The Blackwell Handbook of Mediation, ISBN-13: 978-1405127424

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The Blackwell Handbook of Mediation, ISBN-13: 978-1405127424
[PDF eBook eTextbook]

472 pages
Publisher: Wiley-Blackwell; 1 edition (January 9, 2006)
Language: English
ISBN-10: 1405127422
ISBN-13: 978-1405127424

This handbook invites readers who are interested in mediation, negotiation and conflict resolution to share the perspectives of experts in the field. Contributors include scholars, mediators, trainers and negotiators, all of whom are passionate about their work. The handbook takes an interdisciplinary approach to mediation, emphasizing both internal and external factors as important sources of influence when negotiating conflicts. It explores the cultural and institutional frameworks that have shaped intervention processes; and it considers which intervention techniques might work when, how and why. Particular topics covered include: understanding variation in mediation programs; the dynamics of power in child custody mediation; pre-mediation strategies for dealing with strong emotions; and developing a conflict-positive organization. The Blackwell Handbook of Mediation affirms that the study of mediation, negotiation and conflict resolution has moved beyond experimental research and descriptive analyses, into a more sophisticated domain.

About the Author

Margaret S. Herrman is the founding CEO of Herrman Group, a consultancy that helps people make decisions. She is also the founding co-principal investigator of the Mediator Skills Project at the University of Georgia. She recently retired as a Senior Associate and Director of Dispute Resolution Services at the Carl Vinson Institute of Government also at the University of Georgia.

Table of contents

Notes on Contributors..

Part I; Setting the Stage for a Dialog.

1. Introduction(Margaret S. Herrman).

2. Mediation from Beginning to End: A Testable Model (Margaret S. Herrman, Nancy Hollett, and Jerry Gale).

Part II: Mediation and Negotiation Set in Their Contextual Frames.

3. Examining Mediation in Context: Toward Understanding Variations in Mediation Programs (Craig McEwen).

4. Policy, Practice, and Politics: Bargaining in the Shadow of Whitehall (Janet Walker and Sherrill Hayes).

5. The Role of Antecedent and Procedural Characteristics in Mediation: A Review of the Research (Roselle L. Willer).

6. Applying the Comprehensive Model to Workplace Mediation Research (Brian Polkinghorn and E. Patrick McDermott).

7. Restorative Justice Mediated Dialog (Mark S. Umbreit and Robert B. Coates).

Part III: Exploring Powerful Internal Dynamics.

8. Mediation as Framing and Framing within Mediation (Barbara Gray).

9. Does the Model Overarch ten Narrative Stream (John M. Winslade and Gerald D. Monk).

10. A Facework Frame for Mediation (Stephen Littlejohn and Kathy Domenici).

11. Mediation and the Forfold Model of Justice (Donald E. Conlon).

12. The Dynamics of Power in Child Custody Mediation (Donald T. Saposnek).

13. Emotion in Mediation: Implications, Applications, Opportunities and Challenges 9Tricia S. Jones).

Part IV: Extensions.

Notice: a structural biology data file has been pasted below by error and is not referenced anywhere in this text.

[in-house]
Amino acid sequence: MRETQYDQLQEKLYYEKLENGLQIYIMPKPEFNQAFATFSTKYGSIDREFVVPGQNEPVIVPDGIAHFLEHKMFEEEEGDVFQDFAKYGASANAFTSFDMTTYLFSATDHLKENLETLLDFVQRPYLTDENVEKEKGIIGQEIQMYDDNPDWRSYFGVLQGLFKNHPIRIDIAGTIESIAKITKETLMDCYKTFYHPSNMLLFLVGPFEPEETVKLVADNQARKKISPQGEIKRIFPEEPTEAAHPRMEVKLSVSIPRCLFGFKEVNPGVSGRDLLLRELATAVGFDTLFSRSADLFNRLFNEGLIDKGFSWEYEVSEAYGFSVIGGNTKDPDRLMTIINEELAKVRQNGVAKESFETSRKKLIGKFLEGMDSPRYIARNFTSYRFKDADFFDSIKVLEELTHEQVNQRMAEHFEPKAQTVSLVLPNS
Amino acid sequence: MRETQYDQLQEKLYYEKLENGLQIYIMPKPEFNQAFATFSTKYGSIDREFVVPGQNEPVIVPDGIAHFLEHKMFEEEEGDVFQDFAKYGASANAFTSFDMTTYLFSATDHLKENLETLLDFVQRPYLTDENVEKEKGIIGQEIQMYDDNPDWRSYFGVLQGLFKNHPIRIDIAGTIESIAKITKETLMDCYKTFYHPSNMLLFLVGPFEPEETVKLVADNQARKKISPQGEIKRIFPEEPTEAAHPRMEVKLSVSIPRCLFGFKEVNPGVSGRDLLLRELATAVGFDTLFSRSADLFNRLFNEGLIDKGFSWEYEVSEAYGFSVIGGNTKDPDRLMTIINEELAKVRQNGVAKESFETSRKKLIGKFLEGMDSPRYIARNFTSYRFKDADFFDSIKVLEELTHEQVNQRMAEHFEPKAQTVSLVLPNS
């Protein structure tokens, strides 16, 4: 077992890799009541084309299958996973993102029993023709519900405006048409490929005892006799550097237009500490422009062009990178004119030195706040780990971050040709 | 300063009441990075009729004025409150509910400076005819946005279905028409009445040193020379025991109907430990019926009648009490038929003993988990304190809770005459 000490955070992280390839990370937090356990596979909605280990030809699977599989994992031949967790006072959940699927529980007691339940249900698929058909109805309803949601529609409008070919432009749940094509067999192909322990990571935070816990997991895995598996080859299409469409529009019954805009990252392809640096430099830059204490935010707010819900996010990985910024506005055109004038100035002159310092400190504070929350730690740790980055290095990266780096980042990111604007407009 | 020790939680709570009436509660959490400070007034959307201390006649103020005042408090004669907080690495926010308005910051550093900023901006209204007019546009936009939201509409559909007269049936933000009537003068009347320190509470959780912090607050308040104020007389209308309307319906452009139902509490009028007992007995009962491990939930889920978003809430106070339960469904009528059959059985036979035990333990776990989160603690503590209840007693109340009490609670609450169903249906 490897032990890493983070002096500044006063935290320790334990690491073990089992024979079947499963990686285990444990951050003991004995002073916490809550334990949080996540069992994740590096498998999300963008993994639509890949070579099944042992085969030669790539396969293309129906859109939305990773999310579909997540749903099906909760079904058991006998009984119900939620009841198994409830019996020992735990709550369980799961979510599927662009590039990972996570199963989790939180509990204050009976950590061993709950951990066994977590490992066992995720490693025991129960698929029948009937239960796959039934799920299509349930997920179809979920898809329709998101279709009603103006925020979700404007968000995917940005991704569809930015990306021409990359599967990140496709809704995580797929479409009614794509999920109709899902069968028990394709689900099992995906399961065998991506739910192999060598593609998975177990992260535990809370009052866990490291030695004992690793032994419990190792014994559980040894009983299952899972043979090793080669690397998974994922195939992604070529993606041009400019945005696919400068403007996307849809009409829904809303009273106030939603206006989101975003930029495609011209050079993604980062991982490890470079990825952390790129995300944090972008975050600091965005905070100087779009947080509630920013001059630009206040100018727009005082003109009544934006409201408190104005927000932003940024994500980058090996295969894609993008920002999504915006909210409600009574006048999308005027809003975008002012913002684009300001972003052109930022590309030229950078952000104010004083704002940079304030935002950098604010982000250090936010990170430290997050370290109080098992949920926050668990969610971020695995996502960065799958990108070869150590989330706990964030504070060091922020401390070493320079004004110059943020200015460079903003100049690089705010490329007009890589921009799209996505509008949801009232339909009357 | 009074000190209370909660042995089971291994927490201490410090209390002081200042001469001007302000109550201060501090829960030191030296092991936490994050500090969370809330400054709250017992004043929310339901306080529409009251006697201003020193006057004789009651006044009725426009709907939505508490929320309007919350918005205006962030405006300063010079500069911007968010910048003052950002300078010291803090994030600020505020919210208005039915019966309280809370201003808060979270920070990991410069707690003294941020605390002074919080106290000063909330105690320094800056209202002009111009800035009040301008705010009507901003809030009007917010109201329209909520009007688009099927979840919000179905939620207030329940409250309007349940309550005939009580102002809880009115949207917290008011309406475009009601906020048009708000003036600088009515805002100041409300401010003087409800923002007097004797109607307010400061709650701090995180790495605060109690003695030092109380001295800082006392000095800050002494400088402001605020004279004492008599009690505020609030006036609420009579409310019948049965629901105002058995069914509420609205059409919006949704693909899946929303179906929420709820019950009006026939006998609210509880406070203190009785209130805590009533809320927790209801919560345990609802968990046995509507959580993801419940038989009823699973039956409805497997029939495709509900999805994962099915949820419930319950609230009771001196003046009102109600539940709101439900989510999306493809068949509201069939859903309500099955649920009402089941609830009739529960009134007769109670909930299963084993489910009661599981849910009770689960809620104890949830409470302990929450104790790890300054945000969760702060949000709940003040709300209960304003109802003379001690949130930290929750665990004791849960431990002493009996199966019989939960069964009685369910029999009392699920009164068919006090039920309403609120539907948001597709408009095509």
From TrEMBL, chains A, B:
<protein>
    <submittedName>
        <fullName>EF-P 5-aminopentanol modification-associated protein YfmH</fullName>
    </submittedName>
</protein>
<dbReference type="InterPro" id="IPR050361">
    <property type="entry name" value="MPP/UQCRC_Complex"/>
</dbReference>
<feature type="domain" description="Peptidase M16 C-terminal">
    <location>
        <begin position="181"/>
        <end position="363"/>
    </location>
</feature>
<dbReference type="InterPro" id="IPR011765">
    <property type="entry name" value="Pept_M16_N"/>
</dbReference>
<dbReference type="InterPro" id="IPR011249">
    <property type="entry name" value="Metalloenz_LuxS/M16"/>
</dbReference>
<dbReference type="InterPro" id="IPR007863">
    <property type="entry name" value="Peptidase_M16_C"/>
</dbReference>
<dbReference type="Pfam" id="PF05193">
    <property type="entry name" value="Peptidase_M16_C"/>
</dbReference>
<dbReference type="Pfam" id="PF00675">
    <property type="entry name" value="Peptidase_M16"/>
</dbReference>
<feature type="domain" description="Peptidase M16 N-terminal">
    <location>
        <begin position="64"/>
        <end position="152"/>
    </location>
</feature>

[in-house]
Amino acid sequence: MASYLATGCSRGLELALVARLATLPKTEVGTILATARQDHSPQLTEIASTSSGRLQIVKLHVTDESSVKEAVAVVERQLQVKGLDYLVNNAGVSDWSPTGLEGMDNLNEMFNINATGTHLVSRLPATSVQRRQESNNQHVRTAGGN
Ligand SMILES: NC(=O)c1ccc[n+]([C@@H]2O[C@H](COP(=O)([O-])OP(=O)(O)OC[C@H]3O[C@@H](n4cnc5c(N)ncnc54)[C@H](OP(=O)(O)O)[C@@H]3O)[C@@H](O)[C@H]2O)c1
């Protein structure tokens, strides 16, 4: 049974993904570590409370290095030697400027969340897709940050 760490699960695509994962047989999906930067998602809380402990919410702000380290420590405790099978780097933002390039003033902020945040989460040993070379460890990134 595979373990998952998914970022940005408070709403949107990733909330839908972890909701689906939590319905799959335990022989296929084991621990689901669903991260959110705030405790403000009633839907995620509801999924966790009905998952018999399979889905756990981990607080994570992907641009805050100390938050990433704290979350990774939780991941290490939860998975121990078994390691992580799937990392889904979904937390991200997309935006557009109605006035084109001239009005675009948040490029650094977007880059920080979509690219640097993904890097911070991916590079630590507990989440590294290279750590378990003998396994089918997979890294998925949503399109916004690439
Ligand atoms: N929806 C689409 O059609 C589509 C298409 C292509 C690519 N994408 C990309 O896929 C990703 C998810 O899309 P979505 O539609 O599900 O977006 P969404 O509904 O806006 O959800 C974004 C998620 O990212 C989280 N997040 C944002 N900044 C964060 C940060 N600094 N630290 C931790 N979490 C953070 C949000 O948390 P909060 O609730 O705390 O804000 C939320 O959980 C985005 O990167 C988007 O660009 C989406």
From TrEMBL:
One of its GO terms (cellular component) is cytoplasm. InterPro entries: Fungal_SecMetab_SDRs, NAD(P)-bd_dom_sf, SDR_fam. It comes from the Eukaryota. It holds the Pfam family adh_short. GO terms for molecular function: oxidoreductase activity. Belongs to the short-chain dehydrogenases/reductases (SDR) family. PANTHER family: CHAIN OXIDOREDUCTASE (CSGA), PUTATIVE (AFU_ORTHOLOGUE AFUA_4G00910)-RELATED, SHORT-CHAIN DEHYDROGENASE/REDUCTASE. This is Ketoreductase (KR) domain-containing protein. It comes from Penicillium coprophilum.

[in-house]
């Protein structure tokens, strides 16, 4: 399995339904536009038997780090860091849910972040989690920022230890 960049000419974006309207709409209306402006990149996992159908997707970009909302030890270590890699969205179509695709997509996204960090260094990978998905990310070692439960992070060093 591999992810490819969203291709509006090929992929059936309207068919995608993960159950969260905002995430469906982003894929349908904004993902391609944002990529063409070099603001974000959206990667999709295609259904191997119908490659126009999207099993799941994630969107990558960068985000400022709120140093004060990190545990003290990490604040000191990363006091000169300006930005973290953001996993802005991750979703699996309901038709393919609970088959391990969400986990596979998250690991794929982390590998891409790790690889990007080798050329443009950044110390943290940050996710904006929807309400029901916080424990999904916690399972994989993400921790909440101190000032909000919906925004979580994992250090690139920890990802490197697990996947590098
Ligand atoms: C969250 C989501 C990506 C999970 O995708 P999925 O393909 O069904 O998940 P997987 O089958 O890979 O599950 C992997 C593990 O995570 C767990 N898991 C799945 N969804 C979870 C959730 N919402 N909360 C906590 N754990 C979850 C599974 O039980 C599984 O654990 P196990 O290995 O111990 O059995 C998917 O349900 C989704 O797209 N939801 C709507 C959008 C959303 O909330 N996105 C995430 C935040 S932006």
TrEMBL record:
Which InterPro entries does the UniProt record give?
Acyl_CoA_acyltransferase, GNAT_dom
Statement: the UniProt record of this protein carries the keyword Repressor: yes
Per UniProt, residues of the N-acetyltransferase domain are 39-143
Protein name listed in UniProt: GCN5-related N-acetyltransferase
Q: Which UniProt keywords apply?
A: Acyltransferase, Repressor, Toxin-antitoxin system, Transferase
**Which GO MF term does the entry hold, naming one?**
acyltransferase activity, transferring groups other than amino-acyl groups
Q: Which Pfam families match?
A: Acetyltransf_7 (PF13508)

14. Preempting Disaster: Pre-Mediation Strategies to Deal with Strong Emotions (Danile L. Shapiro).

15. The Meaning of “Social” in Interpersonal Conflict and its Resolution (Sandra Schruijer and Leopold S. Vansina).

16. Manger as Mediator: Developing a Conflict-Positive Organization Dean Tjosvlod and Fang Su).

17. Mediation and Difficult Conflicts (Morton Deutsch).

18. Enhancing Mediator Artistry: Multiple Frames, Spirit, and Reflection in Action Neil H. Katz).

19. Of Time and the River: Notes on the Herman, Hollett, and Gale Model of Mediation (Kevin Avruch).

20. Mediation at the Millennium (Dean G. Pruitt).

21. A Trainer Responds to the Model 9Zena D. Zumeta).

22. Conclusion (Margaret S. Herrman).

Index of Citations.

General Index.


“Margaret Herrman and her team have done an admirable job of sorting through what we know and what we don’t know about the mediation of interpersonal disputes. They have built a comprehensive model integrating dozens of pertinent variables that seeks to link antecedent conditions, mediation practice, and short and long-term outcomes. Herrman has assembled contributions from many of the stars in the mediation field who examine the comprehensive model through the lens of framing and frame reflection, narrative, facework, interpersonal power, emotion, Social identity and organizational management. The Handbook of Mediation while not prescriptive, offers a ‘platform for further theory testing’ that will surely play an important part in helping to determine what makes mediators and mediations program effective.” Lawrence Susskind, MIT-Harvard

“The Blackwell Handbook of Mediation is an enormously important contribution to research, scholarship, and reflective practice. In a field marked by a vast range of intellectual traditions and arenas of practice, Margaret Herrman and her contributors have given us an indispensable resource and guide. – erudite, balanced, and respectful of dissenting perspectives.” Kenneth Kressel, Rutgers University

“Peggy Herrman’s book is a solid presentation of the best current thinking and research in our changing field. She has done brilliantly what good mediators do: present the different perspectives, define the issues, and ask, “where do we go from here?” Betty McManus, National Conflict Resolution Center

“Judging from the quality of the contributions to the Handbook, Herrman’s model is a smashing success.”– Howard Gadlin, in the AAA Dispute Resolution Journal

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